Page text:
I am critical of the judgment.  Obviously.  But it's not a case of sour grapes.  The judges took Home Office's claims as gospel. The figures on the cost of NHS and social care.  Their stats on grants - their lawyer didn't even know whether the stats were just those within the rules or those outside of it.  He had to go get this checked - while in court, despite countless attempts by us to get this info earlier, and we did get on record that we do not believe their figures.

The judges say at para 62 "...Guidance gives a number of example scenarios in which the SoS accepts that a dependant applicant can meet the criteria in the new ADR Rules."  Untrue.  The guidance actually gives examples which 'could' meet the criteria if they also meet other elements of the criteria - which is the entire problem.  The criteria is contradictory.  Have a read of the guidance yourself here.  Bear particular attention to the Afghanistan example.

There is a (tiny) plus though.  At para 59, the judges concede "It is possible that insufficient attention has been paid in the past to these considerations, which focus on what care is both necessary and reasonable for the applicant to receive in their home country.  Those considerations include issues as to the accessibility and geographical location of the provision of care and the standard of care.  They are capable of embracing emotional and psychological requirements verified by expert medical evidence.  What is reasonable is, of course, to be objectively assessed."  This mention of emotional and psychological care should help some families as the guidance and the rules are actually silent on this.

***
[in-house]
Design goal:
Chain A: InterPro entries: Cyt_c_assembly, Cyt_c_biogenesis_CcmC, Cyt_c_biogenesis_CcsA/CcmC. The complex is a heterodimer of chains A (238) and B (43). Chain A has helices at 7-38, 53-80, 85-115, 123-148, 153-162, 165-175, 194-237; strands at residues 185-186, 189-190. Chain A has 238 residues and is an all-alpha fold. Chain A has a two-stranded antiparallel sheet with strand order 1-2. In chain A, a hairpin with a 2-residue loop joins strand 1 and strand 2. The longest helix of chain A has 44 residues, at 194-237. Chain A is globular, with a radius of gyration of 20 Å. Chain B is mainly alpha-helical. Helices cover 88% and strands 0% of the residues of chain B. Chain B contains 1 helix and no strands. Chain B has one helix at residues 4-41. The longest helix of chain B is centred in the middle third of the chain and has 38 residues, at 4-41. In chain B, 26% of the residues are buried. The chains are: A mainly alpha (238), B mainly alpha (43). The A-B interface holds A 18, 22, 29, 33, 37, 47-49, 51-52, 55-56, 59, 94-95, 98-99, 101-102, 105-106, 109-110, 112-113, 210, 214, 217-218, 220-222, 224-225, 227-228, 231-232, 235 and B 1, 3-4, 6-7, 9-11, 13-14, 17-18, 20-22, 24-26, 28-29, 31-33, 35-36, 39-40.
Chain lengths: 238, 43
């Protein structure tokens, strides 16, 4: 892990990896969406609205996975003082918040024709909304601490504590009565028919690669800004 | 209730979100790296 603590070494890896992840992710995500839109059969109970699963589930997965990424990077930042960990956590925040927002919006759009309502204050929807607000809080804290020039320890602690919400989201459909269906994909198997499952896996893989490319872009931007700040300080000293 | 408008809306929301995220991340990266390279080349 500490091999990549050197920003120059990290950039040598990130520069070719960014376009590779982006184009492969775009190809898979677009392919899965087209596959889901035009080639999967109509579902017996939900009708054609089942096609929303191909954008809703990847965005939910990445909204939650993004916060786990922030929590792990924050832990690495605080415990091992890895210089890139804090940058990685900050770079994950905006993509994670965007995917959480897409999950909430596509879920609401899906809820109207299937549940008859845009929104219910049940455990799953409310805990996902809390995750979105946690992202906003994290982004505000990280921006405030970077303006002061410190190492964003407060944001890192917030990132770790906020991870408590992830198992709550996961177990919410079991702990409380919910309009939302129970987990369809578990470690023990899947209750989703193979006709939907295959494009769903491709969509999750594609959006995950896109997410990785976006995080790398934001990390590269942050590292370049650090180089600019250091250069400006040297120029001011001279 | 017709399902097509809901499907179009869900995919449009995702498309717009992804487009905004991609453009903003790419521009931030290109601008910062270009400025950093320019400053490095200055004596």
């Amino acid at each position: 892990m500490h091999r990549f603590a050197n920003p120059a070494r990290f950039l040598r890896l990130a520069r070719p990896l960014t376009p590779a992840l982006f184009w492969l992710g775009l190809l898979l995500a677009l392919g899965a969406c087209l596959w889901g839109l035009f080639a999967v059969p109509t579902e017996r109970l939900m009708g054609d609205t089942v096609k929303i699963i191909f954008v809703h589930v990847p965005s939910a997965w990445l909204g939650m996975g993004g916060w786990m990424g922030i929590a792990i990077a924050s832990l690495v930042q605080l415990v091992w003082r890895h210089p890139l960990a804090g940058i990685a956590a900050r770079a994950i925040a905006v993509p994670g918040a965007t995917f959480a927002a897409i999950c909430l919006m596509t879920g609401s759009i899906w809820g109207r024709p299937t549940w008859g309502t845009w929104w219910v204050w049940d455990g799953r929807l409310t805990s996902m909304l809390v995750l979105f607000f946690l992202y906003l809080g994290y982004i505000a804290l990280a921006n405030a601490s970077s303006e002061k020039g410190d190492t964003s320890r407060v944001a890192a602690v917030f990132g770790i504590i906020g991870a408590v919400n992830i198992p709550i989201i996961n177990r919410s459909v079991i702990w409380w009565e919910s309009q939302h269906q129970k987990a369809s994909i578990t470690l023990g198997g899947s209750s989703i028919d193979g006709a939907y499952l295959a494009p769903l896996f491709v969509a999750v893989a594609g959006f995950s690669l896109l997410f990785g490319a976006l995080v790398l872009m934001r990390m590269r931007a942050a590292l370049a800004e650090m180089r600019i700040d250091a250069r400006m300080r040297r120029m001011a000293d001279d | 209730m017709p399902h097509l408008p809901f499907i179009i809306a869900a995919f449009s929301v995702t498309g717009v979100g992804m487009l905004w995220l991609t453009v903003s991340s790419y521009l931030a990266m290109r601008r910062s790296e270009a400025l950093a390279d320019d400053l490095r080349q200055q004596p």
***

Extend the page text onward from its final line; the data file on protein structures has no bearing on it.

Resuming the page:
I shouldn't be so disappointed because the judgment isn't a surprise.  The hearing was tough.  Court of Appeal is known for being less, um, 'friendly' than the High and Supreme Courts.  We possibly didn't have ideal panel of judges, given the combination of Master of the Rolls, Lord Justice and Lord Sales.  Actually given the judgment, we definitely didn't!